NATURE POSITIVE: Green law architect Graeme Samuel says reforms aren’t dead yet

Adrian Rauso
The Nightly
3 Min Read
Professor Graeme Samuel says Nature Positive reforms aren’t dead yet.
Professor Graeme Samuel says Nature Positive reforms aren’t dead yet. Credit: The Nightly

The man behind the Albanese Government’s environmental law rewrite has quoted Mark Twain by saying reports of the controversial reforms being killed off are “greatly exaggerated”.

In 2020, Graeme Samuel completed an independent review of the Environment Protection and Biodiversity Conservation Act, the contents of which Federal Labor reshaped to produce a so-called Nature Positive Plan.

On Tuesday, Environment Minister Tanya Plibersek indicated main pillars of the Nature Positive Plan would be stripped away and put on the backburner following fierce mining industry backlash — which was revealed in a series of exclusive reports by The Nightly.

Sign up to The Nightly's newsletters.

Get the first look at the digital newspaper, curated daily stories and breaking headlines delivered to your inbox.

Email Us
By continuing you agree to our Terms and Privacy Policy.

But Professor Samuel told a Senate hearing on Wednesday he believes key aspects of the reforms will not be shelved indefinitely.

“To quote Mark Twain ‘the reports of my death are greatly exaggerated’,” he said.

“One of (the) newspapers . . . is a fairly new one — it’s called The Nightly — an article overnight claimed credit for the ‘backdown’, don’t get too excited guys over in The Nightly.”

“I doubt I’ll be red-faced when we see the laws being proposed ... I think the backdown is grossly overstated.”

Professor Graeme Samuel says Nature Positive reforms aren’t dead yet.
Professor Graeme Samuel says Nature Positive reforms aren’t dead yet. Credit: Griffith University

Mr Samuel suggested environmentalists will be pleased with the final result of the laws.

“To the conservationists in Australia, I would say just sit and wait, take a chill pill.”

He said the three stages of reform he outlined in his 2020 report were taking place in an orderly process.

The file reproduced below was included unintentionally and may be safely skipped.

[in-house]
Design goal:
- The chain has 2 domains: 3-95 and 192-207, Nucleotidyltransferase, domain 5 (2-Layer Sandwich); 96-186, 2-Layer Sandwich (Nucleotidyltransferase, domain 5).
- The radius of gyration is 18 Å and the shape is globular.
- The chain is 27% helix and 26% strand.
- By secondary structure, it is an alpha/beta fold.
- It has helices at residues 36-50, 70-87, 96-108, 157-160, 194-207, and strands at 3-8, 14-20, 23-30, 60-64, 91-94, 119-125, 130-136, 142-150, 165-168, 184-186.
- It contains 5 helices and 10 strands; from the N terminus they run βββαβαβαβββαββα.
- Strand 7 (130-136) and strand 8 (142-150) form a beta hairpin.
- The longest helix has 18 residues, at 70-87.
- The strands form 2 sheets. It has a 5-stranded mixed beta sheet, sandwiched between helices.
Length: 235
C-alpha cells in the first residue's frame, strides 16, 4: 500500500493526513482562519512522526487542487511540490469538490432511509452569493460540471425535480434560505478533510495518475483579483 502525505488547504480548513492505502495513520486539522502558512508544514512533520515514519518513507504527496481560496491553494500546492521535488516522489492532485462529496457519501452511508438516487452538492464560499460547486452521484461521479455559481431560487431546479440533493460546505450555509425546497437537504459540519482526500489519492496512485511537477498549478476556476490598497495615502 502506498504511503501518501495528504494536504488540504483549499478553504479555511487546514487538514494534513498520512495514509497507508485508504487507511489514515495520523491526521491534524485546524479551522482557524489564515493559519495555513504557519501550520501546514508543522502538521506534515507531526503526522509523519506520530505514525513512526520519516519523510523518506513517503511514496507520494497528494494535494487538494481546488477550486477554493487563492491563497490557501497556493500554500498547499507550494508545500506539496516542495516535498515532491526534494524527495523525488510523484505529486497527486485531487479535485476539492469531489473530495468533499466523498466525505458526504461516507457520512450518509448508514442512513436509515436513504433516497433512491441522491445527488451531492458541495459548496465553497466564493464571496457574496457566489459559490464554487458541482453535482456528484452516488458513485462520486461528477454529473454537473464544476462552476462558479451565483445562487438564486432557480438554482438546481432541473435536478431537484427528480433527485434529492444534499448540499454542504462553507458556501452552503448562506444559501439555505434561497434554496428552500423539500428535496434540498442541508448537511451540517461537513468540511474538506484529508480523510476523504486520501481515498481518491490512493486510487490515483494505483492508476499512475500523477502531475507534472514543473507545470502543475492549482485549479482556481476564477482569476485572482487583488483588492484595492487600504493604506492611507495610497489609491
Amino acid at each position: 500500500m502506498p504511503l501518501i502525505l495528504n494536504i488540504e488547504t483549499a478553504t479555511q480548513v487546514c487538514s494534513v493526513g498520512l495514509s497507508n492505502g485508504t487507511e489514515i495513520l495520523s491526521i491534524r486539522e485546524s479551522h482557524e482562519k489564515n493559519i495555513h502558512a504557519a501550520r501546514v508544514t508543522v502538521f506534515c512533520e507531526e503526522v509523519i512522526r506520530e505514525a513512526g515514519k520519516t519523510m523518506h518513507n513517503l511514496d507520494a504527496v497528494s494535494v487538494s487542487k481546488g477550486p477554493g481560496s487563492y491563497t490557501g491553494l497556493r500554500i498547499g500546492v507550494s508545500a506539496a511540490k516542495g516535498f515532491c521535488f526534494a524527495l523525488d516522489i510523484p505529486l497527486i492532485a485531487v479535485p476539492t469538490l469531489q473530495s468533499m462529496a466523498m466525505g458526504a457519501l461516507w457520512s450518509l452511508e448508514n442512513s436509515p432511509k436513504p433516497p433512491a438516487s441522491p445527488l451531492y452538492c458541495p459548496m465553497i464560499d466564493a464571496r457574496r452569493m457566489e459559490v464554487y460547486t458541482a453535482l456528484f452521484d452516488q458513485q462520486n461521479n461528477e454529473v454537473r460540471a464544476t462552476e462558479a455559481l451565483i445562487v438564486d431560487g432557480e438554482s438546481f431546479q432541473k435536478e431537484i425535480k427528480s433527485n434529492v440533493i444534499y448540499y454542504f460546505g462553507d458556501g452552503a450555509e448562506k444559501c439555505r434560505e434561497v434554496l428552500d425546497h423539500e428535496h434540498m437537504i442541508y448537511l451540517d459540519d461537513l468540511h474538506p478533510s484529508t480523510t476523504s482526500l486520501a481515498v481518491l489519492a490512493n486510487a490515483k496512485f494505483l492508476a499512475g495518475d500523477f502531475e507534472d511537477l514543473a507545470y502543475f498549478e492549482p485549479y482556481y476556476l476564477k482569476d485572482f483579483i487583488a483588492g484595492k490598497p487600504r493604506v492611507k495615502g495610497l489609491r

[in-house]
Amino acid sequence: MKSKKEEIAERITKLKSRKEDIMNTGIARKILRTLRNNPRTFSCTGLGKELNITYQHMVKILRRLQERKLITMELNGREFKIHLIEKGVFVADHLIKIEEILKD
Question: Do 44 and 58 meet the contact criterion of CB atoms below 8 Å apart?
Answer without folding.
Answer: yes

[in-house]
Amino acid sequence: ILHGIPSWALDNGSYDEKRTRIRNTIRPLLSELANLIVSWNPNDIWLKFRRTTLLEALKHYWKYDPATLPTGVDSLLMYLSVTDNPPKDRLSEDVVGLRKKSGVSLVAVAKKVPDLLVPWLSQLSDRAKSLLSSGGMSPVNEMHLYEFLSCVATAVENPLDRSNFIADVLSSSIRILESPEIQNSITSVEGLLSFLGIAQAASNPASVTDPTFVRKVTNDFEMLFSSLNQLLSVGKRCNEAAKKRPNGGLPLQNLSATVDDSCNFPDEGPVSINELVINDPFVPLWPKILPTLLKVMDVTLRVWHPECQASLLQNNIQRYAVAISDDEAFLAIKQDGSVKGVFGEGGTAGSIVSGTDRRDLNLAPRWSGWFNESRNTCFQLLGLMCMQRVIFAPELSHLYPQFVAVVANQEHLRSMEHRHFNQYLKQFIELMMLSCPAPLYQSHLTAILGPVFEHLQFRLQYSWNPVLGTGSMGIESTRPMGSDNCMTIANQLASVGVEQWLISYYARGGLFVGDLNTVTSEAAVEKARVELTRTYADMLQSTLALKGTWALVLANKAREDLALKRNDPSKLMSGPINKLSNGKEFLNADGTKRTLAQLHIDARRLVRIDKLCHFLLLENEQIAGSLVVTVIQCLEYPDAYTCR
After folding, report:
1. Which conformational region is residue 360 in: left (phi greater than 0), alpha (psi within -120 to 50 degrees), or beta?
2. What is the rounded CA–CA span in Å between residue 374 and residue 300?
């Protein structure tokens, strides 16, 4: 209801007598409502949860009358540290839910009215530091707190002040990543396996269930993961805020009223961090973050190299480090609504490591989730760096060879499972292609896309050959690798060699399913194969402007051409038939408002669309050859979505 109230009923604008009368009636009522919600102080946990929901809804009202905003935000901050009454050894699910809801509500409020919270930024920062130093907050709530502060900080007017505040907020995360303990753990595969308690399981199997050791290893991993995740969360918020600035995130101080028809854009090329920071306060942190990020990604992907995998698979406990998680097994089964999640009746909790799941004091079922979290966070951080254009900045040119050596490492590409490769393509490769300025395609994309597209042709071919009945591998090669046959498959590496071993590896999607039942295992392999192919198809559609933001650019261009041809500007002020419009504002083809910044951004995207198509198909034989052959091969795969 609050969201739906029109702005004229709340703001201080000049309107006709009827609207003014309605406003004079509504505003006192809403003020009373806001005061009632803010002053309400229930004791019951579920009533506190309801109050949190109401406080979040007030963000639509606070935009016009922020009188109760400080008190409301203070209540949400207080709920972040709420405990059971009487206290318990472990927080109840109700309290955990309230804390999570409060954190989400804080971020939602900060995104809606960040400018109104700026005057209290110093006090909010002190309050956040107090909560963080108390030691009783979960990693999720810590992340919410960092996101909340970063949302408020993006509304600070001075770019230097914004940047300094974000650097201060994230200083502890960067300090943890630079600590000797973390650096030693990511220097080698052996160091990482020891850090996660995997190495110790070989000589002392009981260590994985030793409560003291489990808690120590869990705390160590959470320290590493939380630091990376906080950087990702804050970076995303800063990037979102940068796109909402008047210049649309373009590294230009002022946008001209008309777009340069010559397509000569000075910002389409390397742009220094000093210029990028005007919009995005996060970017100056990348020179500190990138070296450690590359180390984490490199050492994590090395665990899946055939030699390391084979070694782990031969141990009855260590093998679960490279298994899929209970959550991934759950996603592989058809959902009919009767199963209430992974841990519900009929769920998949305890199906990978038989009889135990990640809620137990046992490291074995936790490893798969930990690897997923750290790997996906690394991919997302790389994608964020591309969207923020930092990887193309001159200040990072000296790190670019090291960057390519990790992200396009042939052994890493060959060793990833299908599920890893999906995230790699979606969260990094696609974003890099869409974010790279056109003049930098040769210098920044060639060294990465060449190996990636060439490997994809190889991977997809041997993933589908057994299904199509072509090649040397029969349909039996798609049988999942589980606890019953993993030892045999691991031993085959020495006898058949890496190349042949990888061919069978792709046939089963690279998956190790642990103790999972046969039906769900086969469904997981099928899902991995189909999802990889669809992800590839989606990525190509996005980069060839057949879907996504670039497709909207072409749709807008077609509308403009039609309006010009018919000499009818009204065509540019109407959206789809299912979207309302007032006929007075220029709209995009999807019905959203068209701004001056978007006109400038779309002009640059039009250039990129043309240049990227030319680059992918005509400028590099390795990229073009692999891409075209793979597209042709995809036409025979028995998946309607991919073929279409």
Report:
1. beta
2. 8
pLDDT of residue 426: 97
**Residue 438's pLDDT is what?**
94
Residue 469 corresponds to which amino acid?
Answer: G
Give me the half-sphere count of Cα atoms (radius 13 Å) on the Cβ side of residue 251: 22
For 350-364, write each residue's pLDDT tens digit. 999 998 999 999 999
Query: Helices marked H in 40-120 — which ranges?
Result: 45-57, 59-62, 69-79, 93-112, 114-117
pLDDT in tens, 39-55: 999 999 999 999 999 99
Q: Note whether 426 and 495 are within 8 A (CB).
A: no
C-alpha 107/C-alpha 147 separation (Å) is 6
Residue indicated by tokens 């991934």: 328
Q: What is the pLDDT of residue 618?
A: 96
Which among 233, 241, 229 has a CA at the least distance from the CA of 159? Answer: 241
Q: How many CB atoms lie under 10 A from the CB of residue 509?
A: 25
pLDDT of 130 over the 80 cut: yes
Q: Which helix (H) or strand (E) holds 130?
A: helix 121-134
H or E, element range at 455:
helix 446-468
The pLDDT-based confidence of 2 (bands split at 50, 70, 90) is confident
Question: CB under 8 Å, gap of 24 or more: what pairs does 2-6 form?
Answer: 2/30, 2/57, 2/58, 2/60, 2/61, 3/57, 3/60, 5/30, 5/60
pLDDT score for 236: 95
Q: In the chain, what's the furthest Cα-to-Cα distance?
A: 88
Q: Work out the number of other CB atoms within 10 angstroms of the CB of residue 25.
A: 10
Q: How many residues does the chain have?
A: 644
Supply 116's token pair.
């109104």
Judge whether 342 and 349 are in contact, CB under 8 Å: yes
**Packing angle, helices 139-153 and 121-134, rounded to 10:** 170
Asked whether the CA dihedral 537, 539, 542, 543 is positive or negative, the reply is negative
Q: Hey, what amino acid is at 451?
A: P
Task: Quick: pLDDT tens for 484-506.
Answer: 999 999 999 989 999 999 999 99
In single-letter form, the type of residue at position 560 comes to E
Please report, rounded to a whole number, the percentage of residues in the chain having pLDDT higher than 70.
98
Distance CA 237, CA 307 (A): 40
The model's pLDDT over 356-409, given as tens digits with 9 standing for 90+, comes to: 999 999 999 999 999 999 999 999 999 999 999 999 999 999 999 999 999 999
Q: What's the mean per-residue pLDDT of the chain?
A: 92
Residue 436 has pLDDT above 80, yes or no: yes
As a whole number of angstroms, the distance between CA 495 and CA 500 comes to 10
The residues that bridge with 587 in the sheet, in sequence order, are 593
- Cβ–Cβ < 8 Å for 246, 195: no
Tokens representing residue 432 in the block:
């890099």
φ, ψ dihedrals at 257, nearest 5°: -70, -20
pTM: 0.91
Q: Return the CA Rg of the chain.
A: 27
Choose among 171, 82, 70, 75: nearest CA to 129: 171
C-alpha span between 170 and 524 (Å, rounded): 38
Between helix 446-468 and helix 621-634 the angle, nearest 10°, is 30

“The most complex area of reform was the redraft of the (EPBC) Act…frankly the 1000 pages of legislation need to be torn up and thrown into the bonfire because they were as I described them recently ‘gobbledygook’.

“I understand that (EPBC Act) is being redrafted.”

But green groups have voiced their anger at the backdown from Ms Plibersek, including the Australian Conservation Foundation and Lock the Gate, who were both consulted with by Labor in a series of secretive closed-door briefings to establish the reforms.

Lock the Gate’s head of research Georgina Woods told the Senate hearing on Wednesday the announcement by Ms Plibersek to split the proposed reforms to focus on creating a national environment regulator — Environment Protection Australia — was “inadequate”.

“All we have the moment … we’re just gonna create a new body called the EPA to implement the already-inadequate laws we already have in place,” she said.

Lock the Gate is no stranger to controversy.

One of the two leaders of the organisation - national coordinator Carmel Flint – was reportedly banned from going in, or near, the Pilliga Forest in NSW after several disruptive protests.

Ms Woods has been arrested for protesting.

Meanwhile, the Australian Conservation Foundation also voiced its displeasure at Labor’s backdown.

“(The ACF) is frustrated and deeply disappointed by the Albanese Government’s failure to deliver the full reform of the national environment law,” it said in a statement to media.

The ACF is currently in the sights of regulators for threatening a farmer legally clearing land to replenish his harvest.

In November, Nationals Leader David Littleproud called for a review of the charitable status of the ACF.

In a statement, Mr Littleproud said the letter was “intimidatory” and came despite the ACF having “no proof or knowledge about the property”.

“The tone of ACF’s letter is clearly intimidatory,” Mr Littleproud said.

“The ACF has a charitable status and I’m calling on the charities commissioner to step in and ensure that the ACF is adhering to the rules of what a charity status is.”

A spokeswoman from the Australian Charities and Not-for-profits Commission said it could not speak publicly about the matter.

Comments

Latest Edition

The front page of The Nightly for 24-05-2024

Latest Edition

Edition Edition 24 May 202424 May 2024

REVEALED: The Nature Positive plan Tanya Plibersek did not want you to see.